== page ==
> as if it's our secret sauce or something, whereas initially it was more
> "Shh, lest people find our we're using some weird scripting language".
I imagine it's funny. It was odd to see who became allied with me and who
didn't. In my naivety, I thought the hard-core code monkeys would be the
first to recognize how much time and energy python could save them.
Instead, it was the normals who saw it. I remember when Charles and I
decided to see if tech-support could make use of any of the scripts. It
saved them a whole step of searching a six-inch thick document for what
might betray one offensive character in a 3 meg file. I showed them how
modify the messages thrown and they even went through and put page numbers
into each error message so that they didn't have to bother with the index.
Though, I think the most wonderful part about doing all this was that,
after having helped all these people in "other" departments, I had an army
of people eager to help me. The few times when I did royally screw up,
people were not only eager to help clean up the mess I made, they had the
time to help. That, if nothing else, is what I learned about life in the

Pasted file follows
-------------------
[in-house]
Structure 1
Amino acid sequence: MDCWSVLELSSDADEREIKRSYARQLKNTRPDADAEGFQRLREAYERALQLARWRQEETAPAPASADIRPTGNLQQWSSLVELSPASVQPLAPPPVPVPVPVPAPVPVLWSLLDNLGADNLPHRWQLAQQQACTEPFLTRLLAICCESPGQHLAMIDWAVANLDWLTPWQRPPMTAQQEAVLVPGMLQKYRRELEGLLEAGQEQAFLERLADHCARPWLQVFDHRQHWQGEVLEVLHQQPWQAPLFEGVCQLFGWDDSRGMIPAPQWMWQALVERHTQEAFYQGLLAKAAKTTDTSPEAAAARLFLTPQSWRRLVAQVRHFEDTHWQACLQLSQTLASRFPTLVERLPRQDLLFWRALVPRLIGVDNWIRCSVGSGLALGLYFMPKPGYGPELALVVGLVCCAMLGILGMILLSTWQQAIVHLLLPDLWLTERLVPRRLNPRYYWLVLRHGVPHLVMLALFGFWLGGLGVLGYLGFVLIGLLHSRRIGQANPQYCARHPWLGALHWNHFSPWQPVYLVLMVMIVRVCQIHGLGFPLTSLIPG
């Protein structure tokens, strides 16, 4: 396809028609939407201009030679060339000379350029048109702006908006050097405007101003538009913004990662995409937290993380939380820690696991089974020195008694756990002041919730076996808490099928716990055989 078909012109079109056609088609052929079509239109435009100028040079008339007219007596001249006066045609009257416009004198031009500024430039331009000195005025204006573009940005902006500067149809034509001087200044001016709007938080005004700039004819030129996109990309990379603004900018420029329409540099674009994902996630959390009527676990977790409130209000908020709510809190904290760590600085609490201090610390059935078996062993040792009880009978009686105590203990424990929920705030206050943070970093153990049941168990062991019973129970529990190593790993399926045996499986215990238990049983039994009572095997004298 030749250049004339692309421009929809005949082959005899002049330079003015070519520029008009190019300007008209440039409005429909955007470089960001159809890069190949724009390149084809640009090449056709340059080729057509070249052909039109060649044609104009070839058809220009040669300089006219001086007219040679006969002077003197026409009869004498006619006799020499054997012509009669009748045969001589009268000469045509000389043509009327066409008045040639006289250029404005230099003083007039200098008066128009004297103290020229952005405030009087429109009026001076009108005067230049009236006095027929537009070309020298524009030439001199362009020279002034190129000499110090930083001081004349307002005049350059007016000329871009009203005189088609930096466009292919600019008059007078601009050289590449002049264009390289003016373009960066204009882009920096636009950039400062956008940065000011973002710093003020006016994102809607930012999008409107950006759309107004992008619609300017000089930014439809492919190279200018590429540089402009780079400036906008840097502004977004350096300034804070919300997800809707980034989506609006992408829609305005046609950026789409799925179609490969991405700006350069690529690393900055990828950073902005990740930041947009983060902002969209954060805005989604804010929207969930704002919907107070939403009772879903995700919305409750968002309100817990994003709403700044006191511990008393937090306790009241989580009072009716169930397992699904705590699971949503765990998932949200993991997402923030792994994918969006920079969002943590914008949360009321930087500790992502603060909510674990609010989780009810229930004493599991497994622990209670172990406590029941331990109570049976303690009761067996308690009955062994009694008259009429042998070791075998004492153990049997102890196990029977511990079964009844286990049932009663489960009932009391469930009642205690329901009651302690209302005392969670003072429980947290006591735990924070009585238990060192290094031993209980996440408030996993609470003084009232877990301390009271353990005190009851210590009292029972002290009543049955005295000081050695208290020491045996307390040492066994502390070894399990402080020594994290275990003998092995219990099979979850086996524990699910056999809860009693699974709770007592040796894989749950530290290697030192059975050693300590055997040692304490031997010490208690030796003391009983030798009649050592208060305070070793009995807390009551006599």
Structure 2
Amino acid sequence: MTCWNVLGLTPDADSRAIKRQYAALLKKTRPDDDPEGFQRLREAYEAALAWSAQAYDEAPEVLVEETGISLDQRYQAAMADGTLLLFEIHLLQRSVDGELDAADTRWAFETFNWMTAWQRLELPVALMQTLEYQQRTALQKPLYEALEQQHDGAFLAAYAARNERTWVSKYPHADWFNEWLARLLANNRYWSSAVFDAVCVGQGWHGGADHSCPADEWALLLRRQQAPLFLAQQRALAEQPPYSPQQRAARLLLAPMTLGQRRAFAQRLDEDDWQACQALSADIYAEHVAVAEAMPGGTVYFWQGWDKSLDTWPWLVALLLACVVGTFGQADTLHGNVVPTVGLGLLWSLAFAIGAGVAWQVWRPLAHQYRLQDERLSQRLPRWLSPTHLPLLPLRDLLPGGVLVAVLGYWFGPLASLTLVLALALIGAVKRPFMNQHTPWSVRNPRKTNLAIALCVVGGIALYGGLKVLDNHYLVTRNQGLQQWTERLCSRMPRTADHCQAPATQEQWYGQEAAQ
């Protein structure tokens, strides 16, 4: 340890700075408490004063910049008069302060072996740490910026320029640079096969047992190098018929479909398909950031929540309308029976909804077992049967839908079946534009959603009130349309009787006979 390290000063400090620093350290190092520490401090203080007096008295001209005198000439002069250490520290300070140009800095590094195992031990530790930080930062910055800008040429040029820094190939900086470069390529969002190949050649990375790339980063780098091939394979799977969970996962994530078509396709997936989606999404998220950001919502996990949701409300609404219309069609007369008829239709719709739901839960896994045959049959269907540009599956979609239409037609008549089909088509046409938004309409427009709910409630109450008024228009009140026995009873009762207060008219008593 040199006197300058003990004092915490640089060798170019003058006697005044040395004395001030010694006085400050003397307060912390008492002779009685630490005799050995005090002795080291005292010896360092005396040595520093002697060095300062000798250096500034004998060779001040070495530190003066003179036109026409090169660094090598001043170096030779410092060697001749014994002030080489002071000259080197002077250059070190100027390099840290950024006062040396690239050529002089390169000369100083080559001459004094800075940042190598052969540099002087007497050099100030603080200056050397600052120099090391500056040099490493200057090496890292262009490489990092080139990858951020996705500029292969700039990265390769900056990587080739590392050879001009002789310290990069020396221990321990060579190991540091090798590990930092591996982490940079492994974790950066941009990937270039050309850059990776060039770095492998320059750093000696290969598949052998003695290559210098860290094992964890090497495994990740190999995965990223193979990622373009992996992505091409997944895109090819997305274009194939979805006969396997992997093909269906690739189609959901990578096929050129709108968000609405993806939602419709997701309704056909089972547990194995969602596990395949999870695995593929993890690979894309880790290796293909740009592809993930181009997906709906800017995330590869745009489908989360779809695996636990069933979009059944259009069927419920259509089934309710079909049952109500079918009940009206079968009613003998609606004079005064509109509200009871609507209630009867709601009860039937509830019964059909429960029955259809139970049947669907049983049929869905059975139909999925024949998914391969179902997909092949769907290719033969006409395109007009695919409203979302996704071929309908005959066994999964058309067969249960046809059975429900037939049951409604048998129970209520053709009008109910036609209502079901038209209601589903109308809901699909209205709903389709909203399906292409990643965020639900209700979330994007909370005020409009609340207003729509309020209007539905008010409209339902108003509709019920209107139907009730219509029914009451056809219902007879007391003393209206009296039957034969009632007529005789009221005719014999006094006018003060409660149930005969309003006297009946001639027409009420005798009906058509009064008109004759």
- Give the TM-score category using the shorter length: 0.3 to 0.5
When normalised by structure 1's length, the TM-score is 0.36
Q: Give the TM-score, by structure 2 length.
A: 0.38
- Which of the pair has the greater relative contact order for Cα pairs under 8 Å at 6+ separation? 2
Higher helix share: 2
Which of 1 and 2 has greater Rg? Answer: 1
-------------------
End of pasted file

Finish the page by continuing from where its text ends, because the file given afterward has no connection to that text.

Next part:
Well, I'll be surprised if anyone has read this far into my rant. Sorry,
I guess I just had a lot of pent-up frustration to get out. And, well.
Ranting is not exactly a novelty on usenet, now is it?
As far as my original question goes.
I'm at a stable place in my life. I'm doing work in the first field I
ever truly loved: teaching math. I have about six months to a year to
prepare for where I'm going from here. I've run linux at home for around
4 years. While I'm pretty comfortable in it, I need to focus on learning
what it takes to run a mission-critical server well. Running your home
'puter on a 1337 05 is a far cry from a maintaining a system for others.
I've also begun poking around the internals of python with the intent of
becoming more competent with it and comfortable with the python-c api. I'd
love to end up doing sysadmin/web dev/python dev work somewhere. I've
also started mapping out where I might be able to help the community
since, *gasp*, I finally have spare time. Any advice how to get there
from here is most welcome.
Never forget the halloween documents.
""" Where will Microsoft try to drag you today?
Do you really want to go there?"""